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Editorial: Fast internet could be a boon for Concord

Last modified: 3/15/2015 1:08:19 AM
Creating a truly high-speed, affordable municipal internet network could be a pipe dream – or it could be a pipeline to a more vibrant Concord with a booming economy and a growing population of young entrepreneurs and knowledge workers.

Success has been found in other cities, among them Chattanooga, Tenn., Wilson, N.C. and Cedar Falls, Iowa, whose achievement President Obama touted on a visit to that community earlier this year. At 1 gigabit per second, internet service in such places is 50 to 100 times faster than service provided by most cable or wireless carriers.

Comcast and Time Warner, the nation’s two largest cable providers, have not yet merged but that could be in the offing. The idea is not a dream made in heaven for consumers.

Last year, the companies were rivals for first place as America’s most hated company in a quarterly index put out by the University of Michigan’s Ross School of Business. Comcast came in just behind Time Warner. The two companies don’t compete on the same turf, but if they merge they never will. The result? Continued high prices and slow service.

Super-fast, cheap service can be a magnet for businesses, particularly those that need to upload information to the internet rather than just download. The average internet speed in America is 10 megabits per second, or Mbps, but upload speeds can be half that or less. In Concord, according to its website, Comcast’s fast “Blast” service for $59 per month is 50 Mbps down and 10 up. Standard service is half that. In cities where truly high-speed service is available from standard providers, it tends to be expensive: $300 per month for 500 Mbps service, half the speed and much more expensive than in many cities abroad, according to writer David Dyen of the New Republic.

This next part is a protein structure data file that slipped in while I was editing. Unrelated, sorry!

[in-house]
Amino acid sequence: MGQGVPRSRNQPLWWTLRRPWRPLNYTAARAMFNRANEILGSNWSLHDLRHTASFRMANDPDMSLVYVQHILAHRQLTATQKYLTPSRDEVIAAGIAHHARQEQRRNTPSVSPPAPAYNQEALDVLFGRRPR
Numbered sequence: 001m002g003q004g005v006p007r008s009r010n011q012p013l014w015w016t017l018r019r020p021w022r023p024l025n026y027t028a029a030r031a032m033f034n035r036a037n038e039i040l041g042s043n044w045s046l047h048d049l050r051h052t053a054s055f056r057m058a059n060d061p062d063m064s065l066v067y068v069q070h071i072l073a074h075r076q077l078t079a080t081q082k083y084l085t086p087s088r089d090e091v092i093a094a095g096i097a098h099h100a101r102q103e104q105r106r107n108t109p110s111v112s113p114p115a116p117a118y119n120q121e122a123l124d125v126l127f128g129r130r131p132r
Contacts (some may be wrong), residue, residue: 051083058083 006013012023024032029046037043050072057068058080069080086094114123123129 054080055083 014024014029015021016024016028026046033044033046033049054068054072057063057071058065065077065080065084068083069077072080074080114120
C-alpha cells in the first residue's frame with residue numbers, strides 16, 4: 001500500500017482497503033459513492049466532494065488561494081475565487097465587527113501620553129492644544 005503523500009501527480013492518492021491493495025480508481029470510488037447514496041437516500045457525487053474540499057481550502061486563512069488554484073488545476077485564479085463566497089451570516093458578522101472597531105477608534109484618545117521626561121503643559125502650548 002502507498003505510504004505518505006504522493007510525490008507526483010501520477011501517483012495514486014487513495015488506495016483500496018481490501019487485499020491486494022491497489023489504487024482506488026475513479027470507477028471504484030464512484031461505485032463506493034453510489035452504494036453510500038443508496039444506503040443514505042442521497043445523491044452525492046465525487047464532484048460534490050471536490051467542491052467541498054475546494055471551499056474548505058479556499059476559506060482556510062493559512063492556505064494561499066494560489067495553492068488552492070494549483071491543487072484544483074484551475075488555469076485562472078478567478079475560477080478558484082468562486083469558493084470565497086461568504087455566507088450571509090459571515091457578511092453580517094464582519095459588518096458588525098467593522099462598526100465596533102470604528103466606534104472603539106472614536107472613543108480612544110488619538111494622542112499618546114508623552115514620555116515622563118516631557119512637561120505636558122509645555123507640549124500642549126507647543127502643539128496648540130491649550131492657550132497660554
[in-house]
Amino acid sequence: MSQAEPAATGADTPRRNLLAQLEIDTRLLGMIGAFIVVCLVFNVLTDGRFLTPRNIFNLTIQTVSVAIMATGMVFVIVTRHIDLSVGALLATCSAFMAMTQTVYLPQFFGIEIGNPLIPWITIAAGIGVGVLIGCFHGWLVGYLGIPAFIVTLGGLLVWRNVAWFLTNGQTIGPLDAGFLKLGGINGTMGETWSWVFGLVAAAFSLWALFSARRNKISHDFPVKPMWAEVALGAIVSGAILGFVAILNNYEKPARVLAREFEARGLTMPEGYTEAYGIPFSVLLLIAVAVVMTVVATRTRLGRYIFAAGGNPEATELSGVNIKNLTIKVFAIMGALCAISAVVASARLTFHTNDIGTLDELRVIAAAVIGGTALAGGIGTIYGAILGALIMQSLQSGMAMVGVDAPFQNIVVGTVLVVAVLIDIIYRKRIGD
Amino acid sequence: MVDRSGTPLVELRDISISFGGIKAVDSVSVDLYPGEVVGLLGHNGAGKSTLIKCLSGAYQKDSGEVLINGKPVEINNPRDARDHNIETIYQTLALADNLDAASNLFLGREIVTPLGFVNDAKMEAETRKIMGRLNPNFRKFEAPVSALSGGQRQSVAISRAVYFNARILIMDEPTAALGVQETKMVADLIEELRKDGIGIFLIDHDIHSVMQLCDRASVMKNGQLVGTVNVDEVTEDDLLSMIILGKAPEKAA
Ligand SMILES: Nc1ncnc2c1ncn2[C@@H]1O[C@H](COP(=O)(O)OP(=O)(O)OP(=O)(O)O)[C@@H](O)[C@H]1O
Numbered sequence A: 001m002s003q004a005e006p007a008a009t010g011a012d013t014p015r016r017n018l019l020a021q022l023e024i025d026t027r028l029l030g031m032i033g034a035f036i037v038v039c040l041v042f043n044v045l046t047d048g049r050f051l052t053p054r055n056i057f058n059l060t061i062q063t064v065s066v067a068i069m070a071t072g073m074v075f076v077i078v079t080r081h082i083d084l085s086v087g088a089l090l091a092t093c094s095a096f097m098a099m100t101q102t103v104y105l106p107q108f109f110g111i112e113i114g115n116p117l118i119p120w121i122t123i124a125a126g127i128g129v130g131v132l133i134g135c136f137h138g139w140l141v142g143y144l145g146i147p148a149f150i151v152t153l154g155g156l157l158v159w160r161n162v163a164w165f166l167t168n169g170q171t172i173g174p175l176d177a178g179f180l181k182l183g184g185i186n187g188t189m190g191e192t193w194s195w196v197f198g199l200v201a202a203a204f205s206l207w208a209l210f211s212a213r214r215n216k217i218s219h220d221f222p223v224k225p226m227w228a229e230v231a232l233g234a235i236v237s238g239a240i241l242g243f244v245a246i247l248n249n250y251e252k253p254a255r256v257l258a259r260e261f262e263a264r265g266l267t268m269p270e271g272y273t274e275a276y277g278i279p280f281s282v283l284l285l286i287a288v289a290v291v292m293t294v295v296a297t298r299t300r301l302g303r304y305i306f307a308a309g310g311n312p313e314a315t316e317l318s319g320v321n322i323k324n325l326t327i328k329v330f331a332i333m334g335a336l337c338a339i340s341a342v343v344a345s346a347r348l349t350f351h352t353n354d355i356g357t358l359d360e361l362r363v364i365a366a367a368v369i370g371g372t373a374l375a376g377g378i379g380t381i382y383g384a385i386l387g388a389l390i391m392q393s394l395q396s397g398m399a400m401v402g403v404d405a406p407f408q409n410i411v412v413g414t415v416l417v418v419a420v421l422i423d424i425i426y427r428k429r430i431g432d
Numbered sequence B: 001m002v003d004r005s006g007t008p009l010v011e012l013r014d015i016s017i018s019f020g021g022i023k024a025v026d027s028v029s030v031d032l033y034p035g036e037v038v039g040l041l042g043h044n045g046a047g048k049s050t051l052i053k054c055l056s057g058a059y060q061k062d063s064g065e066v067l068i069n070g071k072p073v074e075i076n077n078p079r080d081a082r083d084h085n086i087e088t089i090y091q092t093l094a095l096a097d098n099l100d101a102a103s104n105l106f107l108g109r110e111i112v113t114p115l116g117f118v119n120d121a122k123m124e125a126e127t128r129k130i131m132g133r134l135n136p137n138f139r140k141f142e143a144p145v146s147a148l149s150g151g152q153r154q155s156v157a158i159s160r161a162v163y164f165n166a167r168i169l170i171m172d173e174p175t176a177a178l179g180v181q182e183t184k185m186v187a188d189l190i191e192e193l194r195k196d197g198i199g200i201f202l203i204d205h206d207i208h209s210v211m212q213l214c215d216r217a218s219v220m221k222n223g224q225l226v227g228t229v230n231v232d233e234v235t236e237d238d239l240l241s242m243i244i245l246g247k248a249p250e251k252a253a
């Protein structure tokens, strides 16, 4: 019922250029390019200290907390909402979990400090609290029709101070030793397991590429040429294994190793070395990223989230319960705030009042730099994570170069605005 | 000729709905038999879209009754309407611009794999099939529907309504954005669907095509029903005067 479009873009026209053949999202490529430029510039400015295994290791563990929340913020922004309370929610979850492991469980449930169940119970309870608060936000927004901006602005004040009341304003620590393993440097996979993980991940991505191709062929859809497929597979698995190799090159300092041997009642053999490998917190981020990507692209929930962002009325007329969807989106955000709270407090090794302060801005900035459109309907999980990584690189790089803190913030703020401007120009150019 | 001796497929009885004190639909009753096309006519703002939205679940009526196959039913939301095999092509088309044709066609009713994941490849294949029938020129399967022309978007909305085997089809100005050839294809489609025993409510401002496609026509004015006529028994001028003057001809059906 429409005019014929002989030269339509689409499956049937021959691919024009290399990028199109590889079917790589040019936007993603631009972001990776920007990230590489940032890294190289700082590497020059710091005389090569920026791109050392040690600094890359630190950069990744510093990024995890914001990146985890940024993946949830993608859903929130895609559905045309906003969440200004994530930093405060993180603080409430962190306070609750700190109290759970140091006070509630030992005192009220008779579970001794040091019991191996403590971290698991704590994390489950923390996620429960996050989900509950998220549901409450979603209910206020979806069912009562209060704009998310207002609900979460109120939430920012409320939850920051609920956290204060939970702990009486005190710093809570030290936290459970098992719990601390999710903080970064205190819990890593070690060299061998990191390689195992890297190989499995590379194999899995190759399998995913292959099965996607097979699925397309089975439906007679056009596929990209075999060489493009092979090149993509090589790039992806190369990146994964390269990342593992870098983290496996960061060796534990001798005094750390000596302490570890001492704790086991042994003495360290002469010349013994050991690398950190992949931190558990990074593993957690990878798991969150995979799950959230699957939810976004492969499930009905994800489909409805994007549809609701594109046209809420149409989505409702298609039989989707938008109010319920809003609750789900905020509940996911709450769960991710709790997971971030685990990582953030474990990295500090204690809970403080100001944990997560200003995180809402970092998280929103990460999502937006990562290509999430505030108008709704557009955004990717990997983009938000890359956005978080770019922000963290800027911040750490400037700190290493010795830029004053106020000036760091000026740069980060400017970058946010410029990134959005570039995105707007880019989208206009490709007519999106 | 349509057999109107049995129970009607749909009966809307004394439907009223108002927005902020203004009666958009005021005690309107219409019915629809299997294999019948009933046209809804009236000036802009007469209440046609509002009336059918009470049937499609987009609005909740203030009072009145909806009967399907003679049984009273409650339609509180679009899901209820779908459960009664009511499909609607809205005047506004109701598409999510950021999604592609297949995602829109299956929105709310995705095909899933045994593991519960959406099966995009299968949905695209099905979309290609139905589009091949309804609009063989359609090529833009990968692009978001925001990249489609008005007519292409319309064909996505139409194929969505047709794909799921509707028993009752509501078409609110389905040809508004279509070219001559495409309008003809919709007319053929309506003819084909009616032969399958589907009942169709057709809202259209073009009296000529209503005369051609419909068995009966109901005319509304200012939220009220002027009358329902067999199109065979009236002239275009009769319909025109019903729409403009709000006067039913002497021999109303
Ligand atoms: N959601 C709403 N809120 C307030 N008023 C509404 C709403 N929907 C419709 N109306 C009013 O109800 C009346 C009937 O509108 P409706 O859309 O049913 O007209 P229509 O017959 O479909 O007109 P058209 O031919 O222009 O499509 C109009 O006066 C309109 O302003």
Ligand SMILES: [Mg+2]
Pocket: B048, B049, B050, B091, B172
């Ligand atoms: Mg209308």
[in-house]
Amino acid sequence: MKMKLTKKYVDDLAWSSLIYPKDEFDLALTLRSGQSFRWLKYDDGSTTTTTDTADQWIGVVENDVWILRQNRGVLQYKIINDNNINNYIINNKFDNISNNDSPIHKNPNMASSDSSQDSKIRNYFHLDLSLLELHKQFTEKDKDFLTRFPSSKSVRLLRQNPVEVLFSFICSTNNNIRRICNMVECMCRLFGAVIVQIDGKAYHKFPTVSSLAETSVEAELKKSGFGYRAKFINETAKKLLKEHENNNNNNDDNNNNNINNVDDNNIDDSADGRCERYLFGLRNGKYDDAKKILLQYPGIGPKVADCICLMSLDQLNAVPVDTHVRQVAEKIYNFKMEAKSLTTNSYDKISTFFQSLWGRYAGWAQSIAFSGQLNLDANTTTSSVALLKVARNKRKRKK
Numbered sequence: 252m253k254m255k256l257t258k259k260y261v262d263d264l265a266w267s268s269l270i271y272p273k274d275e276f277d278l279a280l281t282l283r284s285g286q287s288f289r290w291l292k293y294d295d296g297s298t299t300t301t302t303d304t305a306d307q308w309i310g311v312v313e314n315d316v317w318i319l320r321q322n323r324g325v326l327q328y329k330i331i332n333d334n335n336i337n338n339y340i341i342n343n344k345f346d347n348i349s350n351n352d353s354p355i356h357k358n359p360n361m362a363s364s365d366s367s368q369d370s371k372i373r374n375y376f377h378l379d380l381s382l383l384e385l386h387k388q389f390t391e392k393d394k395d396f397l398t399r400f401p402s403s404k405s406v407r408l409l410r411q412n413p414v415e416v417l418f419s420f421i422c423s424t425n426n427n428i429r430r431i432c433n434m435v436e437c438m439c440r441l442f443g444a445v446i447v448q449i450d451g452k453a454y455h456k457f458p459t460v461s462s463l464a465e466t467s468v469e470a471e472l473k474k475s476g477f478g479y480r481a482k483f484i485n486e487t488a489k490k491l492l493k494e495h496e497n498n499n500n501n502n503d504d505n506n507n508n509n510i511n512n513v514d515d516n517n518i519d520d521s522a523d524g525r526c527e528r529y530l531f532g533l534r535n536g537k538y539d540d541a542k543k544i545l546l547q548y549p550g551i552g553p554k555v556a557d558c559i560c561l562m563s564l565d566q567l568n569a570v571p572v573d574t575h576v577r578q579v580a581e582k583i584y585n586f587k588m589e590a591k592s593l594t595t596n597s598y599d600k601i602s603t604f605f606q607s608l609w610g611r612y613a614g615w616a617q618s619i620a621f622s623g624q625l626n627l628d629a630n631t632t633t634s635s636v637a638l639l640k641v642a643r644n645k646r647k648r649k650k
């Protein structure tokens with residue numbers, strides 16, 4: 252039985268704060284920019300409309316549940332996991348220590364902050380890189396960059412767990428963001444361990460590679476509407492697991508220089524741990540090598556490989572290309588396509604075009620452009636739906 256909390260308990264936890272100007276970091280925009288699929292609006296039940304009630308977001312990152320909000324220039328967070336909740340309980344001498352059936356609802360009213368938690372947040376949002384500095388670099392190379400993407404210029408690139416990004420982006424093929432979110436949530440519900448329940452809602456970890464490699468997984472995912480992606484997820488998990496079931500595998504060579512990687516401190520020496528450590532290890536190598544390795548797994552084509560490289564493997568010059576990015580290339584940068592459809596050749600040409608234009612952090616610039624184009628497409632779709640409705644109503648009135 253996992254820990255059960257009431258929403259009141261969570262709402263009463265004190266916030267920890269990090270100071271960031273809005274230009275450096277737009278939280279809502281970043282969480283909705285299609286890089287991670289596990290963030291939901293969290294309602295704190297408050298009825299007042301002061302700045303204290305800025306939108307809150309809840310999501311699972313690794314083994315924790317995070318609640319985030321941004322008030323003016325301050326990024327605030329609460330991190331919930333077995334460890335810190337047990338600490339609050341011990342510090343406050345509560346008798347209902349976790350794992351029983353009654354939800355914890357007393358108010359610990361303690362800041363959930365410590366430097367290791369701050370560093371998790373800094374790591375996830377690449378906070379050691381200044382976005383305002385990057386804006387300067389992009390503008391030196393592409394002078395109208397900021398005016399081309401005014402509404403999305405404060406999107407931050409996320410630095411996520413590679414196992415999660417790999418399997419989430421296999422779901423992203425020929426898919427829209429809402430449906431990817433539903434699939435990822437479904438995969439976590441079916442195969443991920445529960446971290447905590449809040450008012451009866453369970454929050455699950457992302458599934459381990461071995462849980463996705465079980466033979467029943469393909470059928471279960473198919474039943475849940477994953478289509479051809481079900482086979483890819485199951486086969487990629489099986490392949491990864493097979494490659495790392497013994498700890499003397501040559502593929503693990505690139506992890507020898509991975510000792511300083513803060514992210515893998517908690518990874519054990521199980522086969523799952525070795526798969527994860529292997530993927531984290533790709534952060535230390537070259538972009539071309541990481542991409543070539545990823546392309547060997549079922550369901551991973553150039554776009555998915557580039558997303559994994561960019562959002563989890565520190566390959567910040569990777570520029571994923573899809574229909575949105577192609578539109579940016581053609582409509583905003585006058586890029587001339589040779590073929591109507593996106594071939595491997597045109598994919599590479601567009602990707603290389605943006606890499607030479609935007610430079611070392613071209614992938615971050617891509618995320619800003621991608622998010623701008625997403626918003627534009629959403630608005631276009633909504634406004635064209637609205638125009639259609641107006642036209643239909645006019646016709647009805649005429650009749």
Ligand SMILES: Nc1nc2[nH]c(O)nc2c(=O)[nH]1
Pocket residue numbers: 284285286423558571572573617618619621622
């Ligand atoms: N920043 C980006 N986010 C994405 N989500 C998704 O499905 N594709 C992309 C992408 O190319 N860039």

Creating a high-speed municipal network helped Chattanooga draw a Volkswagen assembly plant and an Amazon distribution center. In the Concord-sized cities of Cedar Falls and Wilson, it helped the former attract a large commodity trading company, and the latter has saved residents an estimated $1 million per year while providing faster service.

Last week, the Federal Communications Commission, in a case that involved Wilson, issued two landmark rulings. One found internet service to be a public utility that can be regulated like one; the other pre-empted laws in 19 states that banned or limited community broadband service. The latter ruling paved the way for Wilson to expand its network beyond city limits to serve rural residents beneath the notice of the big players.

A community-owned cable network, by making prices cheaper or offering free wireless service in select areas, can help to close a digital divide that makes it hard for children from low-income households keep up with their peers. It can be used to attract employers and guide business growth to areas a city wants to develop. It can cause other providers to hold down or even lower prices by providing competition. But building a community-owned network, alone or in partnership with the private sector, is not without risk, and some cities have failed.

Growth in New Hampshire and in Concord is stalled, the economy just plodding along. Meanwhile, Concord offers great living just up the road from one of the nation’s major science and technology hubs. Super-fast broadband service could lure some of those employers, and their young, well-educated workers, north. It’s a gamble a city committee made up of policymakers, employers, economists, educators and technology savants should spend the next year exploring.


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